Failure to detect functional transfer of active K-Ras protein from extracellular vesicles into recipient cells in culture

PLoS One. 2018 Sep 7;13(9):e0203290. doi: 10.1371/journal.pone.0203290. eCollection 2018.


Exosomes, extracellular nanovesicles that carry nucleic acids, lipids, and proteins, have been the subject of several studies to assess their ability to transfer functional cargoes to cells. We recently characterized extracellular nanovesicles released from glioblastoma cells that carry active Ras in complex with proteins regulating exosome biogenesis. Here, we investigated whether a functional transfer of Ras from exosomes to other cells can initiate intercellular signaling. We observed that treatment of serum-starved, cultured glioblastoma cells with exogenous glioblastoma exosomes caused a significant increase in cellular viability over time. Moreover, we detected fluorescent signal transfer from lipophilic dye-labeled exogenous glioblastoma exosomes into cultured glioblastoma cells. To probe possible signaling from cell-to-cell, we utilized bimolecular luciferase complementation to examine the ability of K-Ras in exosomes to interact with the Raf-Ras Binding domain (Raf-RBD) expressed in a recipient cell line. Although the K-Ras/Raf-RBD interaction was readily detectable upon co-expression in a single cell line, or following lysis of co-cultured cell lines separately expressing K-Ras and RBD, bearing in mind the limitations of our assay, we were unable to detect the interaction in the intact, co-cultured cell lines or upon treatment of the Raf-RBD-expressing cells with exosomes containing K-Ras. Furthermore, HA-Tag-BFP fused to the K-Ras hypervariable region and CAAX sequence failed to be transferred at significant levels from extracellular vesicles into recipient cells, but remained detectable in the cell supernatants even after 96 hours of culture of naïve cells with extracellular vesicles. We conclude that if transfer of functional K-Ras from extracellular vesicles into the cytoplasm of recipient cells occurs, it must do so at an extremely low efficiency and therefore is unlikely to initiate Ras-ERK MAP kinase pathway signaling. These results suggest that studies claiming functional transfer of protein cargoes from exosomes should be interpreted with caution.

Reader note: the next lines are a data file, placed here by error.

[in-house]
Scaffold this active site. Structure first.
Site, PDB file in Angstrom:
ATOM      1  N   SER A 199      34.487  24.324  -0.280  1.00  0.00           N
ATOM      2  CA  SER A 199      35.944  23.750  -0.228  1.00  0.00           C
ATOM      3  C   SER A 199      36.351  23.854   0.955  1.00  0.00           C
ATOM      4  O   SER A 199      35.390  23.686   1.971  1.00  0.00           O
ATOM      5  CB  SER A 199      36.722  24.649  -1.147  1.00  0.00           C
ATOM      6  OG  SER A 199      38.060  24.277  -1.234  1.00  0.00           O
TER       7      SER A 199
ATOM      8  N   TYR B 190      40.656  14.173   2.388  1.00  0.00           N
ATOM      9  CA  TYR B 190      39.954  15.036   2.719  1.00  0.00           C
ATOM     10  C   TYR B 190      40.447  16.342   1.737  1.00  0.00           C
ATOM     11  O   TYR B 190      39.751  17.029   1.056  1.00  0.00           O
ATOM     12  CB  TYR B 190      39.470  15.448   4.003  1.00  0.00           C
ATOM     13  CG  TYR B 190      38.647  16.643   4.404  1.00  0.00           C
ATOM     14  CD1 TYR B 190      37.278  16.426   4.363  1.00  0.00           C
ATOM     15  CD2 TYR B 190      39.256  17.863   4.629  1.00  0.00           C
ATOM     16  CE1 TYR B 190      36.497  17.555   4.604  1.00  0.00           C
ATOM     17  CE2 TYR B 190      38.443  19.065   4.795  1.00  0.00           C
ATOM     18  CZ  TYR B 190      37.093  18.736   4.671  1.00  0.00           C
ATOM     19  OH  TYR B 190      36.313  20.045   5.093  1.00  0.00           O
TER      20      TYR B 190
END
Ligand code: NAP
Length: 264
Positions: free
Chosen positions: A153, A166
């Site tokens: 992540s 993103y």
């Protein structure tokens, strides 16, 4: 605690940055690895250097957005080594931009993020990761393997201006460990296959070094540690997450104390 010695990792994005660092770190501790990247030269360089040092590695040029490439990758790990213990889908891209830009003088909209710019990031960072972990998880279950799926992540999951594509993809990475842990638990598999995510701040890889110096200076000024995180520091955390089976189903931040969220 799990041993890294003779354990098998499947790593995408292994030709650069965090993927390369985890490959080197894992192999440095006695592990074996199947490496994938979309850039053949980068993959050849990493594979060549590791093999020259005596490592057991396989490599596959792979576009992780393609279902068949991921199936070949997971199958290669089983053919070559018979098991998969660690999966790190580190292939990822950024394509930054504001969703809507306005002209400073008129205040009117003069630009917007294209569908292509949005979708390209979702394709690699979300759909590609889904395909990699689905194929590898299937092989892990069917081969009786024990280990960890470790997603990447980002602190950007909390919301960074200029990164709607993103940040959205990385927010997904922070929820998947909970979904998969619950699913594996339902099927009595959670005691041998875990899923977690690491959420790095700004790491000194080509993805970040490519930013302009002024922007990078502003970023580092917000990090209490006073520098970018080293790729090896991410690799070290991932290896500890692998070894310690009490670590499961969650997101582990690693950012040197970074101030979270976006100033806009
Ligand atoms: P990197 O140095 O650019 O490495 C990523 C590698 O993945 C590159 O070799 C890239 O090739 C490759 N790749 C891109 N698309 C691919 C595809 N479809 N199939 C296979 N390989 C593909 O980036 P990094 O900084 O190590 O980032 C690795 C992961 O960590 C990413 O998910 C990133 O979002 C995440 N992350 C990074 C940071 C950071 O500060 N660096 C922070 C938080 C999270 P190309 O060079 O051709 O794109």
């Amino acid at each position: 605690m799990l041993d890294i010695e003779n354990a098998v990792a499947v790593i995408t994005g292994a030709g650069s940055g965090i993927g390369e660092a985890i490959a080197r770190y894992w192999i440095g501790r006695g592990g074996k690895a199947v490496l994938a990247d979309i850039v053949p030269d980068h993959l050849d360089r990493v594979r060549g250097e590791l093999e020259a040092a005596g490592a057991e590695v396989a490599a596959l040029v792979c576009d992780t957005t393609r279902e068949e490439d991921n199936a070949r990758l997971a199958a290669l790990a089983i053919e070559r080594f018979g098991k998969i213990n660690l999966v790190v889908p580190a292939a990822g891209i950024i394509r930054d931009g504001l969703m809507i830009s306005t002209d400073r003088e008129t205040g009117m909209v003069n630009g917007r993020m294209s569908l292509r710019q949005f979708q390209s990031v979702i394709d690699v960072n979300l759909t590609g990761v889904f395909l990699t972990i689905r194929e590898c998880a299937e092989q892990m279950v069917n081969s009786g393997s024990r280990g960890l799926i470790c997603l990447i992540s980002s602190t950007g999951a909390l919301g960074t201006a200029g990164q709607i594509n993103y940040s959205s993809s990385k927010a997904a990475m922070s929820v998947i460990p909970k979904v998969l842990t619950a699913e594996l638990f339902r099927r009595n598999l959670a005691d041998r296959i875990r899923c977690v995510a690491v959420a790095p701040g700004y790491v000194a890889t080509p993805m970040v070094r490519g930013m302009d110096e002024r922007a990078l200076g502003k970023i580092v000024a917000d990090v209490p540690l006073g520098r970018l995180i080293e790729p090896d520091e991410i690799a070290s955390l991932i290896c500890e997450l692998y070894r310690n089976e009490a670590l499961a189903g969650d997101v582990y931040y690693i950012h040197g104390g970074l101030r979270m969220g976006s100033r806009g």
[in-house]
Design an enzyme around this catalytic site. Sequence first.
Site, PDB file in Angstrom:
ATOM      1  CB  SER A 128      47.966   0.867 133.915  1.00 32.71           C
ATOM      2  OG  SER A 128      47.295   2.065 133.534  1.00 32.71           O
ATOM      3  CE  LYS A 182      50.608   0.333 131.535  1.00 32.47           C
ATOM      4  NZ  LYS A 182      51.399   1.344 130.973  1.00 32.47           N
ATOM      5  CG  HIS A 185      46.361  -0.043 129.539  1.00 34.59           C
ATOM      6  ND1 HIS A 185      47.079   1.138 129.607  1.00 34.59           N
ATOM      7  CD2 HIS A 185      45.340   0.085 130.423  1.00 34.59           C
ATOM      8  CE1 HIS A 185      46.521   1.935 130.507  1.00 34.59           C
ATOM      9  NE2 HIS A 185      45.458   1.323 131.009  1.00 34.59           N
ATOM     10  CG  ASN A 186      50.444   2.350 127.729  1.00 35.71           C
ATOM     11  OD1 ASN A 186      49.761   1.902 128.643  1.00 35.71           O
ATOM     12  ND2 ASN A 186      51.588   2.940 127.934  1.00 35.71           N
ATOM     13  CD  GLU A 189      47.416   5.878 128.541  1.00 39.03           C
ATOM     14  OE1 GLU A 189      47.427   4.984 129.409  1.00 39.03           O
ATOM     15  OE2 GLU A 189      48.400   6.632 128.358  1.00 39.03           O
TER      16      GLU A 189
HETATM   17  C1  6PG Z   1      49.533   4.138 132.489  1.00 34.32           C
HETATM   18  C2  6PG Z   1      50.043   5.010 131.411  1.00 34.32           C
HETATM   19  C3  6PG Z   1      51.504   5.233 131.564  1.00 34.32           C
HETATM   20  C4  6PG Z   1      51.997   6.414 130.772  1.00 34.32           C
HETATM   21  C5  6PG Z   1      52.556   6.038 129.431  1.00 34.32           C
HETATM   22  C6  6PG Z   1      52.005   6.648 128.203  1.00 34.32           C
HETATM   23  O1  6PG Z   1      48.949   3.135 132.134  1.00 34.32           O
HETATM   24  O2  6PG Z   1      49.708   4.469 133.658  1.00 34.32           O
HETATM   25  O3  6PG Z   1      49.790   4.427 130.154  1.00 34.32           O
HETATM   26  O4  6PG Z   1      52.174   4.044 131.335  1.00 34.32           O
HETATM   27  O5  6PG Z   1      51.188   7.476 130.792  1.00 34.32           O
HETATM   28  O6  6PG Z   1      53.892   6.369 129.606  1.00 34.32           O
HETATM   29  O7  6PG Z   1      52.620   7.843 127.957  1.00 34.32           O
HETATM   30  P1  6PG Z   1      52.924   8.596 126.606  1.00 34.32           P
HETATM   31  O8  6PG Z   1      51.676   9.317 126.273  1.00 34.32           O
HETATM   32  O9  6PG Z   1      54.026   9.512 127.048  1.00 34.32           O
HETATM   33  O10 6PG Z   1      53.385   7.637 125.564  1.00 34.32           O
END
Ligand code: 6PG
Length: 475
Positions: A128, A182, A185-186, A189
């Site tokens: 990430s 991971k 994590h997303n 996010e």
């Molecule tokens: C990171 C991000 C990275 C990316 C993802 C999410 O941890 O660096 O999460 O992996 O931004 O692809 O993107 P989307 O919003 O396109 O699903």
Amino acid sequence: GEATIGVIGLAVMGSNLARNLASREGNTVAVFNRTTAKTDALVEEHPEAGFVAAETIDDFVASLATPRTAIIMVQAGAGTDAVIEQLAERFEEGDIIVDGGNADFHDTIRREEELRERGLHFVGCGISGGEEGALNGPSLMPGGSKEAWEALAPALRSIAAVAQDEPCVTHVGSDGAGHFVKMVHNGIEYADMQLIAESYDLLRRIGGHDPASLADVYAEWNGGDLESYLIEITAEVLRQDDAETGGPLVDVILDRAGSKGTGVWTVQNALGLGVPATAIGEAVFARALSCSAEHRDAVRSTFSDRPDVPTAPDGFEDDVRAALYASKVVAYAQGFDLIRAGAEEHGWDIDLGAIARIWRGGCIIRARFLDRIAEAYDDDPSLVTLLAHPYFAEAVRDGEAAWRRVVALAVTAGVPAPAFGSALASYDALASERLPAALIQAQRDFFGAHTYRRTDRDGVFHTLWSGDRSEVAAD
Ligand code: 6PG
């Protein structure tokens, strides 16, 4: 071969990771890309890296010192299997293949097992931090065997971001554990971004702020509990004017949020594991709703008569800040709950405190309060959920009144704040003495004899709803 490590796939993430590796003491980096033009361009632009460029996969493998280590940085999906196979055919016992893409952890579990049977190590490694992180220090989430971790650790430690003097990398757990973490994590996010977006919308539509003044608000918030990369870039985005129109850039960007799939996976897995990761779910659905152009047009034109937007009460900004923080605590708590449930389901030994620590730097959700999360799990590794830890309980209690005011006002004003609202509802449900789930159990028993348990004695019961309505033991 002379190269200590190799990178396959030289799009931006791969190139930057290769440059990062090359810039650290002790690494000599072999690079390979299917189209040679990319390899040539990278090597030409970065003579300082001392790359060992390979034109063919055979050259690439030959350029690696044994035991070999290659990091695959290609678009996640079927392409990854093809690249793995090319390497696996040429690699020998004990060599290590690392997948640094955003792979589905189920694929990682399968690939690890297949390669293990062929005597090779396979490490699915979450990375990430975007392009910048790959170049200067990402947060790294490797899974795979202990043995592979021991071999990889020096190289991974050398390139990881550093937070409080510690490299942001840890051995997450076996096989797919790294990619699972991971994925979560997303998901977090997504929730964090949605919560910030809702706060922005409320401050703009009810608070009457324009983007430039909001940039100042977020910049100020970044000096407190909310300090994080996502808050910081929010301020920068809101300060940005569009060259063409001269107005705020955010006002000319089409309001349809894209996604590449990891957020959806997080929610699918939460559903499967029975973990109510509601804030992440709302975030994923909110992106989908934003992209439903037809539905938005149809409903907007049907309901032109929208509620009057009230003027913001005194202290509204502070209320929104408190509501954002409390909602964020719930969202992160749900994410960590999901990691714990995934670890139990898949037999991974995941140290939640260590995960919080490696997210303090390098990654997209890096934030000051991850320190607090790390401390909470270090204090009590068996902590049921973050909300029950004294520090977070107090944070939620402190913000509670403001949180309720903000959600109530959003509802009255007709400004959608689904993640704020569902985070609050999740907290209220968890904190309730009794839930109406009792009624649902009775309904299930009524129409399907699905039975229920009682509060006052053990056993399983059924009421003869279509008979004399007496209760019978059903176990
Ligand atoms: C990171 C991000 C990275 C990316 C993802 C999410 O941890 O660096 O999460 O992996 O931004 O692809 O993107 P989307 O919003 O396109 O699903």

Publication types

  • Research Support, N.I.H., Extramural
  • Research Support, Non-U.S. Gov't

MeSH terms

  • Animals
  • Brain Neoplasms / metabolism
  • Cell Line, Tumor
  • Exosomes / metabolism
  • Extracellular Vesicles / metabolism*
  • Fluorescent Dyes
  • Glioblastoma / metabolism
  • Humans
  • Luciferases, Firefly / metabolism
  • MAP Kinase Signaling System
  • Mice
  • Protein Transport
  • Proto-Oncogene Proteins p21(ras) / metabolism*
  • Recombinant Fusion Proteins / metabolism


  • Fluorescent Dyes
  • KRAS protein, human
  • Recombinant Fusion Proteins
  • Luciferases, Firefly
  • Hras protein, mouse
  • Proto-Oncogene Proteins p21(ras)